Turla: Based on OSINT, TTP, and malware analysis, results are received and assessed on a daily basis. The Threat Activity events, in particular, share the indicators that cannot be tied to a specific dedicated operation or name but indicate malicious activity by the threat actor group, in this case, possibly the Turla group. Turla threat group has infected victims in over 45 countries, spanning a range of industries including government, embassies, military, education, research, and pharmaceutical companies since 2004. The heightened activity was seen in mid-2015. Turla is known for conducting watering hole and spear-phishing campaigns and leveraging in-house tools and malware. Turla’s espionage platform is mainly used against Windows machines but has also been seen used against macOS and Linux machines.
    Donot Group: The APT group Donot (also known as APT-C-35, Donot Team) has been active for several years, the exact start date is still unknown. The attackers are interested in confidential information and intellectual property. APT-C-35 targets mostly countries in South Asia; Bangladesh, Thailand, India, Sri Lanka, the Philippines in particular, state sector of Pakistan and outside of Asia, in places like Argentina, the United Arab Emirates, and Great Britain. Donot Team is known for utilizing multiple attack vectors to gain a foothold on targets of interest, from developing Android malware for mobile devices to malspam campaigns delivering malicious documents. The maldocs contain embedded DLL’s and often referenced geopolitical themes, for example: “The New US Administration”. Donot Team’s development of mobile malware included fake Android APKs that were meant to exploit Google’s Cloud messaging service, bypass detection and act as a Command-And-Control (C2). The origin of Donot Team is unclear; however, it is speculated that Donot Team may have ties to India due to targets of interest, analysis of malware code and infrastructure re-use.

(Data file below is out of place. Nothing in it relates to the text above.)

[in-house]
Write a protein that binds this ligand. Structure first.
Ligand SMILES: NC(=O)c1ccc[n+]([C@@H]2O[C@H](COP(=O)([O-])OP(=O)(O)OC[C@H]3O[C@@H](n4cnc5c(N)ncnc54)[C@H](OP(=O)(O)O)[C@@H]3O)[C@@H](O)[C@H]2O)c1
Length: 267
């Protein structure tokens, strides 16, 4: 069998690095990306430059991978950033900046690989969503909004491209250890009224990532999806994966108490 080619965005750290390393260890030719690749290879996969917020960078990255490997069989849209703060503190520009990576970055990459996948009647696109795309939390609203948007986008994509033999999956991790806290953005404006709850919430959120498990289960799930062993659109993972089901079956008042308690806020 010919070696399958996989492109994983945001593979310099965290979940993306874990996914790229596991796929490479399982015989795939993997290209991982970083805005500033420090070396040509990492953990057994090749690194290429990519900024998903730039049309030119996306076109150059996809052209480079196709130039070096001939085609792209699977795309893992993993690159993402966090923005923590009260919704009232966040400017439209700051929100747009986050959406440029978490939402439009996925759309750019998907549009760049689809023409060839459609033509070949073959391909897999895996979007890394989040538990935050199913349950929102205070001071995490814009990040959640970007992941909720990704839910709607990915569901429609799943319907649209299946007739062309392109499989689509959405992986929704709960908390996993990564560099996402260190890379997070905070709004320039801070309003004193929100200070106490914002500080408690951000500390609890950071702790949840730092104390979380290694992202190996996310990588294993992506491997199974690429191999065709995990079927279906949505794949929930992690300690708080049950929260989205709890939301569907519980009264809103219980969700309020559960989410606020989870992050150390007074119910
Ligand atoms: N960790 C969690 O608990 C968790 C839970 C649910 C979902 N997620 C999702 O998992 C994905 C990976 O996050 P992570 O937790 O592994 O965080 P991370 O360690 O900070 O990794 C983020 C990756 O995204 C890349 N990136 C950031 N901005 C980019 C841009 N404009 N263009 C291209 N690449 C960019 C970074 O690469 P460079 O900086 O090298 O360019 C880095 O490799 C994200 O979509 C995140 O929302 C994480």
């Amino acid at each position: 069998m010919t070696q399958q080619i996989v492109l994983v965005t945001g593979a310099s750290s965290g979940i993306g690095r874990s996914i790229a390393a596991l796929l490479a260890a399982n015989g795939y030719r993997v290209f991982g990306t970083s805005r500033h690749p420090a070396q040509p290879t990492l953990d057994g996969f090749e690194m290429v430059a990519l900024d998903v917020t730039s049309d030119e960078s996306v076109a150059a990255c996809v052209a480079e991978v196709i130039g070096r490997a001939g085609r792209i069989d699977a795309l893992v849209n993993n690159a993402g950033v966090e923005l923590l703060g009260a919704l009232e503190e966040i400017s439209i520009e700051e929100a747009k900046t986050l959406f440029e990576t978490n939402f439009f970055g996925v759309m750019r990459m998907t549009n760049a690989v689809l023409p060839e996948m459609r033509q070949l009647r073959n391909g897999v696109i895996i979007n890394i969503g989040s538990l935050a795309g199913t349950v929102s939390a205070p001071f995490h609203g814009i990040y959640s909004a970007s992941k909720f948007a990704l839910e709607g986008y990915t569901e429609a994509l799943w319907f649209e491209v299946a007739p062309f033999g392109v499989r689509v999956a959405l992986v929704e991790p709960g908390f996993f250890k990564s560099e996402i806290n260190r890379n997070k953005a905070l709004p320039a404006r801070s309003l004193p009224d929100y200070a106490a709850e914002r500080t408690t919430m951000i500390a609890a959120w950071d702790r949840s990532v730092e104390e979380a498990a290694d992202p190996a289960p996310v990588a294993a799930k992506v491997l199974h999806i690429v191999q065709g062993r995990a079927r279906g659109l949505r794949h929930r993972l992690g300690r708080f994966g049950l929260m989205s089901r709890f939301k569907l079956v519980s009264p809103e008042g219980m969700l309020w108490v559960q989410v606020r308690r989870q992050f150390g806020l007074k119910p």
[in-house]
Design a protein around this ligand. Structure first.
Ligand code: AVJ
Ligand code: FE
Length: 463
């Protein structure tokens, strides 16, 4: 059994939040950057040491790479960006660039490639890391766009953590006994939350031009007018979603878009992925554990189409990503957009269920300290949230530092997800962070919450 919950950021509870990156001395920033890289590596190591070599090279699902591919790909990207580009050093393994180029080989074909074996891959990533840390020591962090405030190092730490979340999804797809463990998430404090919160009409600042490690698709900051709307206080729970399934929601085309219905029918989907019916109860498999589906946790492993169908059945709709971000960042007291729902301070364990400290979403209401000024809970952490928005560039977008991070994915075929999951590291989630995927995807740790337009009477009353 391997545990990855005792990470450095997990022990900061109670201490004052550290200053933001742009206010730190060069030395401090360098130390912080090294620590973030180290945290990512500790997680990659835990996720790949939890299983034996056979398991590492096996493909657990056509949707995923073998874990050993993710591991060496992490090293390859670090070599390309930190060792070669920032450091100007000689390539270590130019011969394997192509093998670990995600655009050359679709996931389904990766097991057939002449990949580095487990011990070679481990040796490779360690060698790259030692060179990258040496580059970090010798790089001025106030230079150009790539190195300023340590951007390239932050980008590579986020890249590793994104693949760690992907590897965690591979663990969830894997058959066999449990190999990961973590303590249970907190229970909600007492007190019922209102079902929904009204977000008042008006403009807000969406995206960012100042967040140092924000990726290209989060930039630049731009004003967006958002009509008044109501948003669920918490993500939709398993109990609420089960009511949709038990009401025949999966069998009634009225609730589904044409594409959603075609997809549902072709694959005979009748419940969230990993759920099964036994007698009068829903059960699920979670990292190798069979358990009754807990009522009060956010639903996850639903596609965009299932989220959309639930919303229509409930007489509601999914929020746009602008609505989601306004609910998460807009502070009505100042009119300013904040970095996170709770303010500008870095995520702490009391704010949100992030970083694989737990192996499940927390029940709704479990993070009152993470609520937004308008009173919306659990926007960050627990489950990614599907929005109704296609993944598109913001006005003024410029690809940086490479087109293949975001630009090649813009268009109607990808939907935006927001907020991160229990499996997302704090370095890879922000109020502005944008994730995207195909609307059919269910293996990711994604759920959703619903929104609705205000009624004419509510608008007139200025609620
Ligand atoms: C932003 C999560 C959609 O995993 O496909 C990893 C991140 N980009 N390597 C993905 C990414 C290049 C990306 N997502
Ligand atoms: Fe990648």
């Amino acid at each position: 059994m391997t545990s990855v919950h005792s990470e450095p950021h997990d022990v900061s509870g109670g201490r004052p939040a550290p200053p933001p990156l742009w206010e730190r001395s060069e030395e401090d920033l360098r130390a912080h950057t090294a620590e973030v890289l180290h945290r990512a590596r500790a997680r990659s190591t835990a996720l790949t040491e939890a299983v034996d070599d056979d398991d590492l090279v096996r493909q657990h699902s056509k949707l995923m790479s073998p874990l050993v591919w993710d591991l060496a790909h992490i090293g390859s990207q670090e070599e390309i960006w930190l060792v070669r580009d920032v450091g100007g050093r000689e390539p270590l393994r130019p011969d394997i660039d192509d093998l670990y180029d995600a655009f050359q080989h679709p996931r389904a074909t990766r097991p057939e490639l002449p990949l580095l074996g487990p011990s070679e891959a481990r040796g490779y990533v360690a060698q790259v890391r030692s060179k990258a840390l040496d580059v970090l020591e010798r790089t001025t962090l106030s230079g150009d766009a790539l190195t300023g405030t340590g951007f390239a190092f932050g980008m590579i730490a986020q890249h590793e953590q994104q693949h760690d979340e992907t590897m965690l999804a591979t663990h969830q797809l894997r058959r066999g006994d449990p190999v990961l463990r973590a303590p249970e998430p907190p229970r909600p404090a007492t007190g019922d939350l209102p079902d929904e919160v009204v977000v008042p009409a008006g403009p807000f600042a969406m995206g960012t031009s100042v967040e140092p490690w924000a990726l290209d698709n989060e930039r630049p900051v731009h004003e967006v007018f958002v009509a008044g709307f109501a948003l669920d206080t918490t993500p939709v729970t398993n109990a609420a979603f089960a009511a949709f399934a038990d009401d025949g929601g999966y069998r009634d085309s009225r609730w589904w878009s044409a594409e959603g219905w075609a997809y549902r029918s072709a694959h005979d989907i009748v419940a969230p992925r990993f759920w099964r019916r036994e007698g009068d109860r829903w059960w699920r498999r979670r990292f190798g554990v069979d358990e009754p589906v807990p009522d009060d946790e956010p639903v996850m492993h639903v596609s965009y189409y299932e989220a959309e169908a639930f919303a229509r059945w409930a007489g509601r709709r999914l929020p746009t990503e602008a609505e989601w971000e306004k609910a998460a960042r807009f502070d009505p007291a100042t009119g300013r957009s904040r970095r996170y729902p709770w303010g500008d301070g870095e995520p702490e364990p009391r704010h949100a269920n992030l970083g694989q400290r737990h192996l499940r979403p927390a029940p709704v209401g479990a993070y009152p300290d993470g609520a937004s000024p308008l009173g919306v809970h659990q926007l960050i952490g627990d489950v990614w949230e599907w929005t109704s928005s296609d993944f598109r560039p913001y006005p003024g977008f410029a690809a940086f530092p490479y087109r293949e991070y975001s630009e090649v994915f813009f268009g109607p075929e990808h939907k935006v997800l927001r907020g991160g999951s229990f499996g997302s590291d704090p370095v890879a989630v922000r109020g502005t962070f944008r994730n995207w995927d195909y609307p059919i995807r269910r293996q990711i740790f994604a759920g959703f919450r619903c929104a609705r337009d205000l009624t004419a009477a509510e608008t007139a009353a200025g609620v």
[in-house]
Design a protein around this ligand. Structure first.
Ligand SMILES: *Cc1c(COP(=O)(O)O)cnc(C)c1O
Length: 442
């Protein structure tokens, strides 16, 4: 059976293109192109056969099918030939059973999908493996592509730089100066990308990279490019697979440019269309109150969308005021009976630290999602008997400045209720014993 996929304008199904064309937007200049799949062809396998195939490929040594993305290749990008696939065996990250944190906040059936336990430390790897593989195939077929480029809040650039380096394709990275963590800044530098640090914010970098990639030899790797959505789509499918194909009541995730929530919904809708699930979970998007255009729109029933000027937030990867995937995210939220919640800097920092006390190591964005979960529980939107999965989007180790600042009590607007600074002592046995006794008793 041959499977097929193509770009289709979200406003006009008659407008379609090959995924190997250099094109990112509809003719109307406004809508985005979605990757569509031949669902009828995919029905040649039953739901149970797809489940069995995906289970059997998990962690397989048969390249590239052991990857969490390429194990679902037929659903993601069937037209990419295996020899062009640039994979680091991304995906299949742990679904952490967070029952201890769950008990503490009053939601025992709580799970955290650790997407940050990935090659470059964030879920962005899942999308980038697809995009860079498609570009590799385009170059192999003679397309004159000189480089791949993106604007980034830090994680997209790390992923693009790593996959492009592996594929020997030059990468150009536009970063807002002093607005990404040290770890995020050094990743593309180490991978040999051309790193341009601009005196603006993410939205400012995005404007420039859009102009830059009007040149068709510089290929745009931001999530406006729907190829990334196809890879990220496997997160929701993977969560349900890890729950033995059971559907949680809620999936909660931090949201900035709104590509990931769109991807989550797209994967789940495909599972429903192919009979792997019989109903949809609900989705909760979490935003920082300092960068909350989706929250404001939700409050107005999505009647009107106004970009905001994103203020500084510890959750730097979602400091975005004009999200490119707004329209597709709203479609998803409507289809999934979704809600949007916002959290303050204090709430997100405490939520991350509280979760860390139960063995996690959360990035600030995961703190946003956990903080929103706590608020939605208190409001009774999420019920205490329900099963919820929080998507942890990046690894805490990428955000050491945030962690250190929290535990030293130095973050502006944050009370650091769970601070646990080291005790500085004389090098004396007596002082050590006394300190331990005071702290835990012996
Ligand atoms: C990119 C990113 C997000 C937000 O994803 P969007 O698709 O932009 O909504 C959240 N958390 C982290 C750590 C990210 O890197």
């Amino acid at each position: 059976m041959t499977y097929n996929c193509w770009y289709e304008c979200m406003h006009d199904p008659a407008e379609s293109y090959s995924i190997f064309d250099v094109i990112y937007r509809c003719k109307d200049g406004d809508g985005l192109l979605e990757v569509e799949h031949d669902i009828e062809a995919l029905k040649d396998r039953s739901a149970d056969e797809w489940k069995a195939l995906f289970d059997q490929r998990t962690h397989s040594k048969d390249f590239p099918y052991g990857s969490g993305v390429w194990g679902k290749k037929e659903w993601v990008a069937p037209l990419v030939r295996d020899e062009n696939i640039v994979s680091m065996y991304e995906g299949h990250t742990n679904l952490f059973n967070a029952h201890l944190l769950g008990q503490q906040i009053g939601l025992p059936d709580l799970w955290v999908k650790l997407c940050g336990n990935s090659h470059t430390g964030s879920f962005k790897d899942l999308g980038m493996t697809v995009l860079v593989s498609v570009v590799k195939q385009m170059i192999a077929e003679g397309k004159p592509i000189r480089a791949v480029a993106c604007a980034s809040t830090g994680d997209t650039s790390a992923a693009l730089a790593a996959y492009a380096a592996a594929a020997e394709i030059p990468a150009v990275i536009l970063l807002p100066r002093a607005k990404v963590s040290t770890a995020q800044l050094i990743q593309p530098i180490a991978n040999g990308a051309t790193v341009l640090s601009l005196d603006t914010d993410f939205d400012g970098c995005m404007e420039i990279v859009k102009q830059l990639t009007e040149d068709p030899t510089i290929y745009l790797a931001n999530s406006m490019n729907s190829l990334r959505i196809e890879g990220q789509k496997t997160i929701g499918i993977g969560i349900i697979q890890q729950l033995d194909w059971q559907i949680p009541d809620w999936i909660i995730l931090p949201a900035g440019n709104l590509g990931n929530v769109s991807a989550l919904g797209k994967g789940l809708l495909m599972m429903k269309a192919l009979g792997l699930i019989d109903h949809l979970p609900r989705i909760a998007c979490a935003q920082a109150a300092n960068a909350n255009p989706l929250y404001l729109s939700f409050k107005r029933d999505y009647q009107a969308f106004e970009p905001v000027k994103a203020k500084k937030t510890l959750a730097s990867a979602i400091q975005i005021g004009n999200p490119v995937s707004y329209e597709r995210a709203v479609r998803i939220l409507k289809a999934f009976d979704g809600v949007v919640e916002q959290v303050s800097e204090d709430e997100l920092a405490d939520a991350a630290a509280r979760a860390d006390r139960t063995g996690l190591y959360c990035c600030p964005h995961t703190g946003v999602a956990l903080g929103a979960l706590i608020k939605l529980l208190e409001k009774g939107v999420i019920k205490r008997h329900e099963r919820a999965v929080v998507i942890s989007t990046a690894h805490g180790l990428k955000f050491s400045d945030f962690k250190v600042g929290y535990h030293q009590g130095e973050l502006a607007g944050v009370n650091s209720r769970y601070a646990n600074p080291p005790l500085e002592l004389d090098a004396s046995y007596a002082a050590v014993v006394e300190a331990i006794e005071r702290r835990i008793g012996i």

Conti Ransomware: The Conti ransomware family was discovered using multiple techniques to find files to attack and how the encryption process is carried out. The malware uses multiple threads to encrypt files at a faster rate compared to other ransomware families and contains command-line options to scan for local files as well as remote files over SMB shares. Conti also uses the Windows Restart Manager to free up files that are open by various applications. The ransomware uses AES-256 encryption and requires the victim to email the threat actor for the decryption key. Variants of the malware post stolen data from entities who refuse to pay the ransom.


    Perfect for Mobile Users

    An effortless choice to secure a mobile device and data if lost or stolen.

    Choosing between two packages, select MobileGuardian xE if the device is a company-owned device or activity tracking is needed.

    Home & Business
    • DEVICE: Self-owned
    • FEATURES: Security, Ownership, Lock Phone, Set Passwords, Wipe Phone
    • Software License: 1 Device
    MobileGuardian xE
    • DEVICE: Business Owned
    • FEATURES: Security, Ownership, Data Usage Monitoring,, Lock Phone, Set Passwords, Wipe Phone, Location Tracking
    • Software License: 1 Device

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    * Pricing is based on Cash, Check, E-Check, and Zelle payment methods. Credit cards and direct bank transfer payments options are available with transaction fees.